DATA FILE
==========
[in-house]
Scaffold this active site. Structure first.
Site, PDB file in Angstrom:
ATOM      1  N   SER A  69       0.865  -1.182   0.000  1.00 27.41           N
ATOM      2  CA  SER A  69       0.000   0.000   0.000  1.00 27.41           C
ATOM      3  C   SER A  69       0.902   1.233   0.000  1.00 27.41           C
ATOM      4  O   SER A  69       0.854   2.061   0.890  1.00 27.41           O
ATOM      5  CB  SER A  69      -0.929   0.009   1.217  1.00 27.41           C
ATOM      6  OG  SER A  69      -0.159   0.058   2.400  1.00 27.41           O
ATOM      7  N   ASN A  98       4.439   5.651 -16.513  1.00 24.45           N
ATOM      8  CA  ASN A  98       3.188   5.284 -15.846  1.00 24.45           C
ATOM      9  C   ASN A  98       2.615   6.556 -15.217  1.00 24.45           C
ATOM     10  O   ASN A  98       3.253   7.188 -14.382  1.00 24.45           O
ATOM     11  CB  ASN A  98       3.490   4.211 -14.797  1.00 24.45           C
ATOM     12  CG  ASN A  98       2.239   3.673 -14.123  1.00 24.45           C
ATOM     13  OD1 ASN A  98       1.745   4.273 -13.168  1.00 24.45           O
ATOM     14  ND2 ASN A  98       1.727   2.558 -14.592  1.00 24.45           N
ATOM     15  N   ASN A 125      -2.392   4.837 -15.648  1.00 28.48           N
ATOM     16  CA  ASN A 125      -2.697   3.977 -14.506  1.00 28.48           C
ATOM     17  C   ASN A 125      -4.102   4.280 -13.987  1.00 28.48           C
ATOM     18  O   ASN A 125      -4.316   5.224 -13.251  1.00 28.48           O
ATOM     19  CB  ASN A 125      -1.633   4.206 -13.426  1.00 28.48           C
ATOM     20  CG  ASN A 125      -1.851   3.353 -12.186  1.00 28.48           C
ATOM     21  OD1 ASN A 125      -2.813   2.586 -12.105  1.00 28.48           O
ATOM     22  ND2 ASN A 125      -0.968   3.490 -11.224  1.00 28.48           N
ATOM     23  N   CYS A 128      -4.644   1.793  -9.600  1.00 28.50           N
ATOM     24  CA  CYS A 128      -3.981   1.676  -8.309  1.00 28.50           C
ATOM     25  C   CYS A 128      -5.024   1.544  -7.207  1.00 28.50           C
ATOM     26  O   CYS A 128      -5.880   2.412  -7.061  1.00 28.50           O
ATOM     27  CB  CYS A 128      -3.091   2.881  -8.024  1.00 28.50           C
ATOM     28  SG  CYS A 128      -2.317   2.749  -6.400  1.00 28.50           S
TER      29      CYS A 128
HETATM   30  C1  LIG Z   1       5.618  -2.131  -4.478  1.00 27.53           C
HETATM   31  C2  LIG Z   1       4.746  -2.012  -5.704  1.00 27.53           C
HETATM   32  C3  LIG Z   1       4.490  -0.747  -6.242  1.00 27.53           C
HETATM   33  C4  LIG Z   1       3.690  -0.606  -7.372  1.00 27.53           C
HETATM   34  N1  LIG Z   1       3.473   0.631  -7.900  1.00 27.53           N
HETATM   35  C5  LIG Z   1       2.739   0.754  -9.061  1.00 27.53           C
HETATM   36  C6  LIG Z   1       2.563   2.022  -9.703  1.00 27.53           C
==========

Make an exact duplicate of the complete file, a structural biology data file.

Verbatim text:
[in-house]
Scaffold this active site. Structure first.
Site, PDB file in Angstrom:
ATOM      1  N   SER A  69       0.865  -1.182   0.000  1.00 27.41           N
ATOM      2  CA  SER A  69       0.000   0.000   0.000  1.00 27.41           C
ATOM      3  C   SER A  69       0.902   1.233   0.000  1.00 27.41           C
ATOM      4  O   SER A  69       0.854   2.061   0.890  1.00 27.41           O
ATOM      5  CB  SER A  69      -0.929   0.009   1.217  1.00 27.41           C
ATOM      6  OG  SER A  69      -0.159   0.058   2.400  1.00 27.41           O
ATOM      7  N   ASN A  98       4.439   5.651 -16.513  1.00 24.45           N
ATOM      8  CA  ASN A  98       3.188   5.284 -15.846  1.00 24.45           C
ATOM      9  C   ASN A  98       2.615   6.556 -15.217  1.00 24.45           C
ATOM     10  O   ASN A  98       3.253   7.188 -14.382  1.00 24.45           O
ATOM     11  CB  ASN A  98       3.490   4.211 -14.797  1.00 24.45           C
ATOM     12  CG  ASN A  98       2.239   3.673 -14.123  1.00 24.45           C
ATOM     13  OD1 ASN A  98       1.745   4.273 -13.168  1.00 24.45           O
ATOM     14  ND2 ASN A  98       1.727   2.558 -14.592  1.00 24.45           N
ATOM     15  N   ASN A 125      -2.392   4.837 -15.648  1.00 28.48           N
ATOM     16  CA  ASN A 125      -2.697   3.977 -14.506  1.00 28.48           C
ATOM     17  C   ASN A 125      -4.102   4.280 -13.987  1.00 28.48           C
ATOM     18  O   ASN A 125      -4.316   5.224 -13.251  1.00 28.48           O
ATOM     19  CB  ASN A 125      -1.633   4.206 -13.426  1.00 28.48           C
ATOM     20  CG  ASN A 125      -1.851   3.353 -12.186  1.00 28.48           C
ATOM     21  OD1 ASN A 125      -2.813   2.586 -12.105  1.00 28.48           O
ATOM     22  ND2 ASN A 125      -0.968   3.490 -11.224  1.00 28.48           N
ATOM     23  N   CYS A 128      -4.644   1.793  -9.600  1.00 28.50           N
ATOM     24  CA  CYS A 128      -3.981   1.676  -8.309  1.00 28.50           C
ATOM     25  C   CYS A 128      -5.024   1.544  -7.207  1.00 28.50           C
ATOM     26  O   CYS A 128      -5.880   2.412  -7.061  1.00 28.50           O
ATOM     27  CB  CYS A 128      -3.091   2.881  -8.024  1.00 28.50           C
ATOM     28  SG  CYS A 128      -2.317   2.749  -6.400  1.00 28.50           S
TER      29      CYS A 128
HETATM   30  C1  LIG Z   1       5.618  -2.131  -4.478  1.00 27.53           C
HETATM   31  C2  LIG Z   1       4.746  -2.012  -5.704  1.00 27.53           C
HETATM   32  C3  LIG Z   1       4.490  -0.747  -6.242  1.00 27.53           C
HETATM   33  C4  LIG Z   1       3.690  -0.606  -7.372  1.00 27.53           C
HETATM   34  N1  LIG Z   1       3.473   0.631  -7.900  1.00 27.53           N
HETATM   35  C5  LIG Z   1       2.739   0.754  -9.061  1.00 27.53           C
HETATM   36  C6  LIG Z   1       2.563   2.022  -9.703  1.00 27.53           C